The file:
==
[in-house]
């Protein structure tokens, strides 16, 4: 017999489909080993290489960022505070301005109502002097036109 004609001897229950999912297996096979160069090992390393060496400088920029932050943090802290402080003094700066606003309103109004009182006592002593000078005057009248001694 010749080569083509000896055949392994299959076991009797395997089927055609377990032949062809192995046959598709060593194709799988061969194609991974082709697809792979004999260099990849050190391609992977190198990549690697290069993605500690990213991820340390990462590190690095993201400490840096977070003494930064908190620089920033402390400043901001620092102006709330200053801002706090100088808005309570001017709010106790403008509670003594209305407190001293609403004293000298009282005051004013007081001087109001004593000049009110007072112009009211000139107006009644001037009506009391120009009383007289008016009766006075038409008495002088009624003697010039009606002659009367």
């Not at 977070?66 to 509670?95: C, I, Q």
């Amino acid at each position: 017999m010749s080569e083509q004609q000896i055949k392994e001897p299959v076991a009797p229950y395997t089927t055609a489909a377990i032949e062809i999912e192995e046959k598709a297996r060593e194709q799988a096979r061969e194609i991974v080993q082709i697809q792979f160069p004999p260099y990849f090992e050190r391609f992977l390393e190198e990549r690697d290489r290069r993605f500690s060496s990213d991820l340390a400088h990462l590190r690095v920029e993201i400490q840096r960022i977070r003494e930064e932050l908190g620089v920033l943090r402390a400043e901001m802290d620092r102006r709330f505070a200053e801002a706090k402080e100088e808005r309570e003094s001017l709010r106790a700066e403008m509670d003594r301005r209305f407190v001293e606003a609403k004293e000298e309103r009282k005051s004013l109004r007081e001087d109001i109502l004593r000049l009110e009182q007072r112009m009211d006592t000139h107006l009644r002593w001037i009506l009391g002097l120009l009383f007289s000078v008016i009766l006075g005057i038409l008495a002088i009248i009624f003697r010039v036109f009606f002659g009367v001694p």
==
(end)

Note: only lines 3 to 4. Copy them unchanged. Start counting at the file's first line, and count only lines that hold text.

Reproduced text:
């Not at 977070?66 to 509670?95: C, I, Q």
């Amino acid at each position: 017999m010749s080569e083509q004609q000896i055949k392994e001897p299959v076991a009797p229950y395997t089927t055609a489909a377990i032949e062809i999912e192995e046959k598709a297996r060593e194709q799988a096979r061969e194609i991974v080993q082709i697809q792979f160069p004999p260099y990849f090992e050190r391609f992977l390393e190198e990549r690697d290489r290069r993605f500690s060496s990213d991820l340390a400088h990462l590190r690095v920029e993201i400490q840096r960022i977070r003494e930064e932050l908190g620089v920033l943090r402390a400043e901001m802290d620092r102006r709330f505070a200053e801002a706090k402080e100088e808005r309570e003094s001017l709010r106790a700066e403008m509670d003594r301005r209305f407190v001293e606003a609403k004293e000298e309103r009282k005051s004013l109004r007081e001087d109001i109502l004593r000049l009110e009182q007072r112009m009211d006592t000139h107006l009644r002593w001037i009506l009391g002097l120009l009383f007289s000078v008016i009766l006075g005057i038409l008495a002088i009248i009624f003697r010039v036109f009606f002659g009367v001694p």